Then we waited. And waited. And waited. It seemed like an eternity until I reached 10 cm. We thought it would be around noon time when our son made his arrival, but at that point, I was only 6 cm. During the wait, the hubs and I texted friends, snap chatted, and watched some tv. At 5 pm, I was cleared to push.
I have friends that say they felt no pain throughout pushing. This was NOT the case for me. They turned that epidural wayyyyyyy down so that I can feel and control everything a little better. OUCH. Not as major of an ouch as my 4 am wake up before my epidural, but I really felt a lot of the birth. Ring of fire, anyone?
I was waving the white flag early on. I was for sure that I was going to end up in a C-Section. This was far more difficult than I ever imagined. I stayed strong throughout my pregnancy with the Tracy Anderson Project, and I felt more prepared than ever to push. But this was no cake walk. I was on oxygen the entire time. At one point, I grabbed my husband, looked him in the eye, and told him that he was not being a good coach. That I need more encouragement if I ever wanted to get this baby out. At that point, he did a 180.
#nofilter (at least I hope you didn't think this was edited, hahaha!)
After 2.5 hours of really hard work, our son was delivered. The pain was instantly gone - no more ring of fire (which is a term that I had never even heard until it was happening!). I held him right away for just a few seconds, but then he was carried off to the cleaning station. I was slightly concerned because I didn't hear much of a cry, but then all of a sudden, we heard it. It was the best moment of my life. My husband was teary eyed, and I couldn't wait to hold our little peanut again.
Our son with his Dad!
We called our family in (who have been patiently waiting since 9 AM!!!!) to meet little Theo. We actually did not have a name for him yet, it wasn't until the next day that we firmed up on Theo. It was so amazing to see everyone and to have them meet the our little boy.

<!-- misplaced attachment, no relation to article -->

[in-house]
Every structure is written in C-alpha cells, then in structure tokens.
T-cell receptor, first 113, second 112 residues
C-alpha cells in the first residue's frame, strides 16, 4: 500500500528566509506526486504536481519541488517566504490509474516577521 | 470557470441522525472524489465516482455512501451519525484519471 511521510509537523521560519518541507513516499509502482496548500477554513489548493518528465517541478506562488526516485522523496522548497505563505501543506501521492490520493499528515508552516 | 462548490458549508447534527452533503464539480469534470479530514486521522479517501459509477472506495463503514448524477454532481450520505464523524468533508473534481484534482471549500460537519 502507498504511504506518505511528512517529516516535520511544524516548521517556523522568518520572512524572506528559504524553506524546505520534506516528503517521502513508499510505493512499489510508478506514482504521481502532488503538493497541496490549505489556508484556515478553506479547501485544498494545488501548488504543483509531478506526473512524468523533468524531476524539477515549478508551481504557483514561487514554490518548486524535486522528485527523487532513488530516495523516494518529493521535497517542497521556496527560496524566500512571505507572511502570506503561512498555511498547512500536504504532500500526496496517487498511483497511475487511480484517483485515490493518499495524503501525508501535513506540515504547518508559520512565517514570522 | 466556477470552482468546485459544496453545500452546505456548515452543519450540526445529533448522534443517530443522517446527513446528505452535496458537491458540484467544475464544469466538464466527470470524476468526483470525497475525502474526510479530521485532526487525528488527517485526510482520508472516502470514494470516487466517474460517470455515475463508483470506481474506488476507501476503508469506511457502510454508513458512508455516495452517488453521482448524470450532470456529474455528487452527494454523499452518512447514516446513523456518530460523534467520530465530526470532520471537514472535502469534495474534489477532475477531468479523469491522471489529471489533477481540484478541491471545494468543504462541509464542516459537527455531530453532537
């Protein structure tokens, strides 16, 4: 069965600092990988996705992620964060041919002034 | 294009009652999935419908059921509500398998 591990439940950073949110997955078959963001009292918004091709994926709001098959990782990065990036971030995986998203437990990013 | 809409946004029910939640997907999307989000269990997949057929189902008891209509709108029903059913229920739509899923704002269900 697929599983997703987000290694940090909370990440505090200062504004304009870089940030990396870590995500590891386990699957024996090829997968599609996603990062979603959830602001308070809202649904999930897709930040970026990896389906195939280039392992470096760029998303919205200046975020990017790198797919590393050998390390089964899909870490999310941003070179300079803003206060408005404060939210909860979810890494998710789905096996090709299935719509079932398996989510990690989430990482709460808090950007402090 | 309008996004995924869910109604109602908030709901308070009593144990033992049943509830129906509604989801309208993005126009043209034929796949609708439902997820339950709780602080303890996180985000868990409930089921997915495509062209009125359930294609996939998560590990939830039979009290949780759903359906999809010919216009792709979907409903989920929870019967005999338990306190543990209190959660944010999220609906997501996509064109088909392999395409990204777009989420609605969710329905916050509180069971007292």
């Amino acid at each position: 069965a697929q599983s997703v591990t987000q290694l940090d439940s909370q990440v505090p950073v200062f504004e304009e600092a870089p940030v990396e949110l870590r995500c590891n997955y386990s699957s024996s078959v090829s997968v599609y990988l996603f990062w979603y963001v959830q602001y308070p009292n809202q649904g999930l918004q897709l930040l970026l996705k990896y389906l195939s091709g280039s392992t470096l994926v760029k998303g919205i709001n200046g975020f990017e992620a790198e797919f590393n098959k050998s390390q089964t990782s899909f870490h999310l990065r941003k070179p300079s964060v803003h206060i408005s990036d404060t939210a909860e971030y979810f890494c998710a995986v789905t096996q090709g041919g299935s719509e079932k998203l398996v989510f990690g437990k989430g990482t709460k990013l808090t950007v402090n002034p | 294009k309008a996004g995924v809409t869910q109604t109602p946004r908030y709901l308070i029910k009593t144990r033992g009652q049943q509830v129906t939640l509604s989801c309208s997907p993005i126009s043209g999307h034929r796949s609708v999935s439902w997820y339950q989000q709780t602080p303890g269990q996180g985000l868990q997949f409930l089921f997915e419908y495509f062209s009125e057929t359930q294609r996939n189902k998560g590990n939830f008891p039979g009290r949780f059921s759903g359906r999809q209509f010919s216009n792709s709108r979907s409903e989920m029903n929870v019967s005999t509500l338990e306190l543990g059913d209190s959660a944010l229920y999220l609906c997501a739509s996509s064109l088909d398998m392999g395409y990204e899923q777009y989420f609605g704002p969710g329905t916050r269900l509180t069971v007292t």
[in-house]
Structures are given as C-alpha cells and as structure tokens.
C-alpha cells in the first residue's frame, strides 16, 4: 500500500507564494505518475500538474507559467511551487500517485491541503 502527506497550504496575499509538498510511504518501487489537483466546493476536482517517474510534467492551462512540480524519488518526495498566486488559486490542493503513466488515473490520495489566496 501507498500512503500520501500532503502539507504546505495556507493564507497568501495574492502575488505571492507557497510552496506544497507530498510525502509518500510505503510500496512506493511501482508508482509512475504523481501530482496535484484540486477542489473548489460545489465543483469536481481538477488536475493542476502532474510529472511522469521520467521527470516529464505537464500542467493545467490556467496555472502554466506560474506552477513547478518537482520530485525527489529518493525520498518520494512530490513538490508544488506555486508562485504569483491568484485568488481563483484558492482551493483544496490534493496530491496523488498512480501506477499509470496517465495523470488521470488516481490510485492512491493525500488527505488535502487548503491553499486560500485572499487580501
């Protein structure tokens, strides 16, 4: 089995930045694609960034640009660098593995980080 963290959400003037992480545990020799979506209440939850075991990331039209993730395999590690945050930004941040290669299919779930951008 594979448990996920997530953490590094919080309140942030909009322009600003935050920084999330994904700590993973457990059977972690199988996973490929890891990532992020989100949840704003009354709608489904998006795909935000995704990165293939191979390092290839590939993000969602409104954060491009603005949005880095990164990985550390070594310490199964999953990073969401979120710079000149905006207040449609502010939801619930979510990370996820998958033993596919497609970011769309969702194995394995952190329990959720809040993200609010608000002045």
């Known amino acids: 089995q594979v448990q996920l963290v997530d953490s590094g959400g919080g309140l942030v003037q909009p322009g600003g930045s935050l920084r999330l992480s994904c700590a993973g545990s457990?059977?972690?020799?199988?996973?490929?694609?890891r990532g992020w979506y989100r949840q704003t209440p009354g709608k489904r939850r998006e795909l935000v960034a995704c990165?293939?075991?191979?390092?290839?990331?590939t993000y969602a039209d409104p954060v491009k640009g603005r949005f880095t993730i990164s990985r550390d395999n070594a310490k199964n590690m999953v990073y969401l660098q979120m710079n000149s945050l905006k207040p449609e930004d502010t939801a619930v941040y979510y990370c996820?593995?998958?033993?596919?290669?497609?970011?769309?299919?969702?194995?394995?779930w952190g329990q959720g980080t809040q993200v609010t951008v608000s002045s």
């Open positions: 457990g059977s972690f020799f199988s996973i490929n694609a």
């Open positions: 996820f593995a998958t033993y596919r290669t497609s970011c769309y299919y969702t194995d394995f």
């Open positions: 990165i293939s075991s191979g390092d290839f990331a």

After they left, it was a little after 9 pm. This is where things start to get dark and fuzzy. As I was being wheeled from the delivery side of the hospital to recovery, it felt as if the pain meds wore off instantaneously. All of a sudden I was in the most pain I have ever been in. More pain than the pre-epidural, and more than the ring of fire. It felt as if my bottom half had exploded.
I screamed, I cried, but seemingly, the nurses didn't care. One nurse commented that I didn't tear, and that I should not have been in this type of pain. Theo was not even able to stay in our room with us that night. If I ever thought a person could die from pain, I thought that this could be it. I begged for meds. They brought me Motrin. I was appalled. I should have thrown it back at them. Was I not in a hospital?! Surely they had something stronger than Motrin!
After convincing them to fork over the good stuff, I was able to catch a few hours of sleep. I had to sleep with three pillows in between my legs. For whatever reason, my legs would not go together. Something was wrong. But no one checked until the morning.
Once the morning nurse came for a visit, I was in much better spirits because the pain meds were working. I had Theo with me, and my recovery was in full motion. She checked my birth wounds, and that's when she saw it. A giant, grapefruit size hematoma. Yep, my butt had exploded, and no one knew (well, except for me) until the morning. It must have happened while pushing. She called in two doctors, who both agreed that the grapefruit could be hanging around for anywhere between 6 weeks and 6 months.
This did not sit well with me. I felt as if this giant hematoma was going to rob me of my first time motherhood experience with my son. As much as I tried to not let it ruin my experience, it was debilitating. I could not sit for months. To this day, I still have a fibrous mass from this monster. Ohhhhh the things we go through for our sweet babies! The good news is is that my doc has had one other patient with it, and she did not have a repeat experience with Baby #2! So my hopes are high for a non-reoccurrence.
We spent two night in the hospital, and then we were sent home on our way. While we were there, the hospital photography company came around to take photos. I did not think I would actually purcahse these photos, but once I saw them, I forked over my AMEX so fast. I could not let these pictures get away from me!
My favorite hospital pic of all time
We could not get enough of our new son. He was so special to us, and the following days were filled with visits from family, friends, and a showing of love for baby Theo. Giving birth is only the start of it. There is so much that happens in those first few weeks (and months and years!). If you are interested in hearing even more about bringing a newborn home (and the possible challenges and wonderful moments that you can expect), follow this link here!